Winter Fall Prevention Tips for Seniors

As we get older, it is hard enough to stay upright without all the daunting additions of ice, wet walks, snow, and sleet...

Profile PicAh, winter. Blizzards, freezing temperatures, visiting the ER because you fell on the ice. For kids, winter is an exciting time. They love playing in the snow and sliding around on the ice. For senior citizens, all that ice and snow means an increased chance of slipping and falling. Here are eight things you can do to make winter a little less perilous:
Check your footwear. Examine your shoes and boots. How's the traction? Is it time for a new pair? Better traction can help keep you more stable on icy surfaces.

Keep your shovel and salt in your house. The reason you have a shovel and salt is so you don't have to walk on a slippery sidewalk. If you have to traverse through the snow and ice to get to your garage where the salt and shovel are kept, that defeats the purpose.

Check the railings. If you have railings leading up to your front door, check to see if they're sturdy. If you slipped, would they be able to support you?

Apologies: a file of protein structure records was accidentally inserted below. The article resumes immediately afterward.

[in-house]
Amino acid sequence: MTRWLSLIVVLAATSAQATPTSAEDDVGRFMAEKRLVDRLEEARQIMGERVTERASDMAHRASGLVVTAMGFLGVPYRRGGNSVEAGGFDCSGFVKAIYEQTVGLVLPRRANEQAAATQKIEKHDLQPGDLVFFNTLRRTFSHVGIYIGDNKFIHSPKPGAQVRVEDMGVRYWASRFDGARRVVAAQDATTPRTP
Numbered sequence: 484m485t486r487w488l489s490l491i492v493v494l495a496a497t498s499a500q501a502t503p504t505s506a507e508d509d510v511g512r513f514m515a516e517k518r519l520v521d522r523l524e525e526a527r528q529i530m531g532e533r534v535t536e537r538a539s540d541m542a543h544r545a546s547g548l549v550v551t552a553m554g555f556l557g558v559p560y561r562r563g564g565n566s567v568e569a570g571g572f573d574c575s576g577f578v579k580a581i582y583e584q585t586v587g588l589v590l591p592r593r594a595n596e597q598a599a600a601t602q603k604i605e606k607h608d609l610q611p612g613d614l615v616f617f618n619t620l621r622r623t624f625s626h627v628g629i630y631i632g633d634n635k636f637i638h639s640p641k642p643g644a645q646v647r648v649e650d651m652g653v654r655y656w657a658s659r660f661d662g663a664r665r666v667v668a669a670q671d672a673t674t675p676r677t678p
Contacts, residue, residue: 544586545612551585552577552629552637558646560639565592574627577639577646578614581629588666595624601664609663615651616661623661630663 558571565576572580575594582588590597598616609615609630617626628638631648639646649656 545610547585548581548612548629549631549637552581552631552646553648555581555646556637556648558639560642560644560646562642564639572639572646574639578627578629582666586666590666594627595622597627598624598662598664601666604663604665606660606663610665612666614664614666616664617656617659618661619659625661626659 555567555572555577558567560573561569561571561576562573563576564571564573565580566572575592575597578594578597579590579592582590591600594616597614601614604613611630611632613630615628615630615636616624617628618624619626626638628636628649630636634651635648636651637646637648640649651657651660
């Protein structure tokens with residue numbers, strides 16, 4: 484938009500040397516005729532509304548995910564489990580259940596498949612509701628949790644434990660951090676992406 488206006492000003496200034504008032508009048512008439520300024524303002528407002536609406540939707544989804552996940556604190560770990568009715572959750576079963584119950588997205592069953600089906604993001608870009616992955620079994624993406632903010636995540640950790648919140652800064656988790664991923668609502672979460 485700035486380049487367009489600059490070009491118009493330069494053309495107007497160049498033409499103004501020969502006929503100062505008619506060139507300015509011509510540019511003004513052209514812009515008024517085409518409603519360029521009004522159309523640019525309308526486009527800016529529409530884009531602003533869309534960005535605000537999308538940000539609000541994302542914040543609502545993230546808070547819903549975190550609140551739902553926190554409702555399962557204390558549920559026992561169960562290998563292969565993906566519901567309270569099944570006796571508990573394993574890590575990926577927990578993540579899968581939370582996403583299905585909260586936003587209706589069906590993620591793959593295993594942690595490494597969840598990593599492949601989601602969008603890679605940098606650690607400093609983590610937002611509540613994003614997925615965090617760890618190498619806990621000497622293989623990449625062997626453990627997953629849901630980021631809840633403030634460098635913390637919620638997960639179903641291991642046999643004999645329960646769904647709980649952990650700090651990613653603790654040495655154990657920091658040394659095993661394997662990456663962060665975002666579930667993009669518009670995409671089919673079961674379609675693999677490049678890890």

Bring a cell phone when you leave the house. If you fall, it can sometimes be hard to get up. Carrying a cell phone whenever you go out can bring peace of mind.

Slow down. Allow extra time if it's slippery out. It's when you hurry that you end up pushing the envelope of what your balance can handle. Also, keep in mind that being a little late is better than rushing and causing a fall.

Ask for help. If you have to walk across an icy sidewalk or parking lot, try to find a steady arm to lean on. Most people are happy to help an older person navigate a slippery walkway? You just have to ask.

Have a plan. When you are going out, ask yourself, "If I slipped and fell here, what would I do?"

Strengthen your legs. Strong leg muscles can help you steady yourself if you slip. And if you do fall, they make it a lot easier to get back up. You should exercise your legs regularly to keep them strong. Try walking up and down your stairs repeatedly or do a set of ten squats out of a chair a couple times per week.

These little things, when used together, can make the winter elements a little less daunting.

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